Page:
Gingival recessions can arise from a variety of causes (tooth positioning in arch, thin gingival biotype, trauma, and orthodontic movement); moreover, cosmetic problems can be more susceptible to acid, traumatic brushing, and caries, which increase the risk of abrasions and erosion, because of which the root covering either by surgical or restorative means is absolutely necessary.11 The treatment of gingival recessions by surgical means can occur through several techniques, and one of the more used and that has been reported with excellent results in the literature is the coronal flap advancement associated with subepithelial connective tissue graft.12 The connective tissue graft allows the gain of gingival thickness and marginal stability, ensuring better results in Miller's class I and II recessions.13,14

A systematic review in 201215 correlated papers that evaluated the predictability of root coverage in Miller's class I, II, and III recessions. The authors concluded that root coverage with coronal flap advancement is a technique with good predictability results presenting an average coverage of 91.5 to 97.27% in Miller's class I and II recessions. The authors also concluded that association of connective tissue grafts with advanced coronal flap promotes a greater percentage of complete root coverage (35% of the flap, 52% of the flap + connective tissue graft) and long-term stability.15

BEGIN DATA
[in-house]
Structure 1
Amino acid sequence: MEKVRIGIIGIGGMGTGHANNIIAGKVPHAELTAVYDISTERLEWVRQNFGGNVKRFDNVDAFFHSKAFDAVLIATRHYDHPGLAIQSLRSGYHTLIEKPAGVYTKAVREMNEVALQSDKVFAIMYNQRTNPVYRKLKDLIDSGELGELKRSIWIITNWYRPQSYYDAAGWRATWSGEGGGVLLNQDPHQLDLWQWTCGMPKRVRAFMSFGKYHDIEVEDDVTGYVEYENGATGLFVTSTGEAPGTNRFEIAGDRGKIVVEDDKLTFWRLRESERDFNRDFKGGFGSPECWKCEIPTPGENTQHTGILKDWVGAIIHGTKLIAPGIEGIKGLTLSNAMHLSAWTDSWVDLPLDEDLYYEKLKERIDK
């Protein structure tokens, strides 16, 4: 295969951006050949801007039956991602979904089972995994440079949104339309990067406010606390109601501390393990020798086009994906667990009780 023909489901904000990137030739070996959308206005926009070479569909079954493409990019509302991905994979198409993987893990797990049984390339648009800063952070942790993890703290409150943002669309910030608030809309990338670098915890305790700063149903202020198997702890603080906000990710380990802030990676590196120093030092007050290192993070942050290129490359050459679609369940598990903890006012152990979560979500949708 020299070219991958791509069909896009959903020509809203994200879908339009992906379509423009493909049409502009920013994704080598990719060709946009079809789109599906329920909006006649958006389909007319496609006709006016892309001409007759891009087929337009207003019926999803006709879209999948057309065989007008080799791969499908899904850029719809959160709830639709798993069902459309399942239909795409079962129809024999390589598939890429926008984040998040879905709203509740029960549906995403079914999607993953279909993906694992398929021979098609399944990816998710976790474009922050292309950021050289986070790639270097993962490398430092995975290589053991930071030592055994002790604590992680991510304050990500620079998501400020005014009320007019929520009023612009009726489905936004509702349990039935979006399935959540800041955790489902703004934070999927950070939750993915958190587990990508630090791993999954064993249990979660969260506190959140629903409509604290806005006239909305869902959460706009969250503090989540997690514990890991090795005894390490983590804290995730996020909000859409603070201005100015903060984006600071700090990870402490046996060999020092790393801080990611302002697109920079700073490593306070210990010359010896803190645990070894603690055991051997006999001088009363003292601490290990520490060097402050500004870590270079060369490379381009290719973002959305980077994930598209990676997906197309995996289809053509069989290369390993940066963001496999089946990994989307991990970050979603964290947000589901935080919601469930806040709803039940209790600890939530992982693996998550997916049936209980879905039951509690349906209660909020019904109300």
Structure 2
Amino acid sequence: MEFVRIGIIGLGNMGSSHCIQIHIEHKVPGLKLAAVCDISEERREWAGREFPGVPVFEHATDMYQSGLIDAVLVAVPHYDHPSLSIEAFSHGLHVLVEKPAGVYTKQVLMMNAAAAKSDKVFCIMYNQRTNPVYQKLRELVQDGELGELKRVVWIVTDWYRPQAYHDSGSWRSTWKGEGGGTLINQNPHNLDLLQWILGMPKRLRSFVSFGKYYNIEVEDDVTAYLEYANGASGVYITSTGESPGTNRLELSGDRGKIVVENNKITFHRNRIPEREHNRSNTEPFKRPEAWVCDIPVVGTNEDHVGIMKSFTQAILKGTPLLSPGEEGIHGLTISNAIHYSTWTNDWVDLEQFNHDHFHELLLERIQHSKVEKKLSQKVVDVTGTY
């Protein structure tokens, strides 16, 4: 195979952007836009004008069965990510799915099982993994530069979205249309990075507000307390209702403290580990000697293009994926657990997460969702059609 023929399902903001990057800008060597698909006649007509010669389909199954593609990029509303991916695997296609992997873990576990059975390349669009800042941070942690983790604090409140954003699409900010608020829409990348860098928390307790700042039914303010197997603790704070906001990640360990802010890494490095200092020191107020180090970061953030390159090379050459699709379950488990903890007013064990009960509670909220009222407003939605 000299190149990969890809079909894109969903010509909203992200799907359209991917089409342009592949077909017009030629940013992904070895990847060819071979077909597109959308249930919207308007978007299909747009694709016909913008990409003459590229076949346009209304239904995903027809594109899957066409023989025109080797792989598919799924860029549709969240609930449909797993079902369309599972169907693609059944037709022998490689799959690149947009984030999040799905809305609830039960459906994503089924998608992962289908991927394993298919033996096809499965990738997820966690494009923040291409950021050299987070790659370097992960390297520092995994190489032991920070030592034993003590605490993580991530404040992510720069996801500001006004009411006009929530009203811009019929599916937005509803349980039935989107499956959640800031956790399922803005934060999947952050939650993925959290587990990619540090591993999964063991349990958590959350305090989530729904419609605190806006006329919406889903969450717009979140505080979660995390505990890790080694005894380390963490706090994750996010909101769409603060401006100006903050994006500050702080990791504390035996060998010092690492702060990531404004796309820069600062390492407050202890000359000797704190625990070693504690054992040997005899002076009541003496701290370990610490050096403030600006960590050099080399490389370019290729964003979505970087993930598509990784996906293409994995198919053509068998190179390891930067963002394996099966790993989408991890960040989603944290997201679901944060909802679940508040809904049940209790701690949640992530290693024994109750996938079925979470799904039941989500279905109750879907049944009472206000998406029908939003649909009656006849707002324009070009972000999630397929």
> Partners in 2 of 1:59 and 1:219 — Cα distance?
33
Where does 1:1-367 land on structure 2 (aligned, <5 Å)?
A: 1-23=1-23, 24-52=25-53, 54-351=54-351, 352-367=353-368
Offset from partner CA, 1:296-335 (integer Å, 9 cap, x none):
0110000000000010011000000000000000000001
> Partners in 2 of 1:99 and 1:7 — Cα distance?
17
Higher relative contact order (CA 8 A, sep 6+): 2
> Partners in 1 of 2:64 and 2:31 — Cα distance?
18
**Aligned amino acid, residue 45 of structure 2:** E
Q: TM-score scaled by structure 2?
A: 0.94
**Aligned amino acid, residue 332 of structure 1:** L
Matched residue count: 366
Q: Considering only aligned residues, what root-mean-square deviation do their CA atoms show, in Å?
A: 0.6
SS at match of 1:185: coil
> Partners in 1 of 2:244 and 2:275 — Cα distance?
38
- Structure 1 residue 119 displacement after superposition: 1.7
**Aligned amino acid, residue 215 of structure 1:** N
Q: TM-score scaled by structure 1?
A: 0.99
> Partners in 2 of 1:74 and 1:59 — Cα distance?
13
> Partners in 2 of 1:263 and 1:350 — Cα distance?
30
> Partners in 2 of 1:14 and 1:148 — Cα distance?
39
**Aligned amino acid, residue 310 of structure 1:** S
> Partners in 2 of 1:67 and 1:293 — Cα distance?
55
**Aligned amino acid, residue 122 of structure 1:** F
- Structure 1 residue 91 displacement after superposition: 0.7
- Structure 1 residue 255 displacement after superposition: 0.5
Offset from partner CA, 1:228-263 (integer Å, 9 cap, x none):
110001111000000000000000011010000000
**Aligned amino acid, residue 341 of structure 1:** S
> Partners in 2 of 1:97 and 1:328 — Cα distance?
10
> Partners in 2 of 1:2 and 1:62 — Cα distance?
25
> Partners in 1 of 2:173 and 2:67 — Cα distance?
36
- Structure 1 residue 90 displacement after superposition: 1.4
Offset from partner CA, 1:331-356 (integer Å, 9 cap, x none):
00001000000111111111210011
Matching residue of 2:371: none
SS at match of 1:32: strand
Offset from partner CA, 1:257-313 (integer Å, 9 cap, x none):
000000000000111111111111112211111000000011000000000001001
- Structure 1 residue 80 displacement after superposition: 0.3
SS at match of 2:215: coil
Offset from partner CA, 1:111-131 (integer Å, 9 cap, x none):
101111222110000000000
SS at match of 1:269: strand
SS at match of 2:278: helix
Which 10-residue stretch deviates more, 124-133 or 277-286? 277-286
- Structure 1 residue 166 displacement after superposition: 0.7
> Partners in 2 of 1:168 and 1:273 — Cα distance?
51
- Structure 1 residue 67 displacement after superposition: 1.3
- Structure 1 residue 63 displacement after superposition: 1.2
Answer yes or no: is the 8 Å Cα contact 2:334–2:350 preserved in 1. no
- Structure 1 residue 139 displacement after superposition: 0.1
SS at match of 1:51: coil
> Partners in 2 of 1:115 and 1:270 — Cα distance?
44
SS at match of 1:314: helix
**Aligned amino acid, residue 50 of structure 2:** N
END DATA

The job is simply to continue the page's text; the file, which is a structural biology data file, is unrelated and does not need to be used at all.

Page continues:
Known as Langer and Langer16 technique, the use of vertical incisions was chosen in this case because it allows greater advanced flap besides allowing the reduction of canine root volume seeking to improve esthetics and give more stability to gingival margin of tooth 13.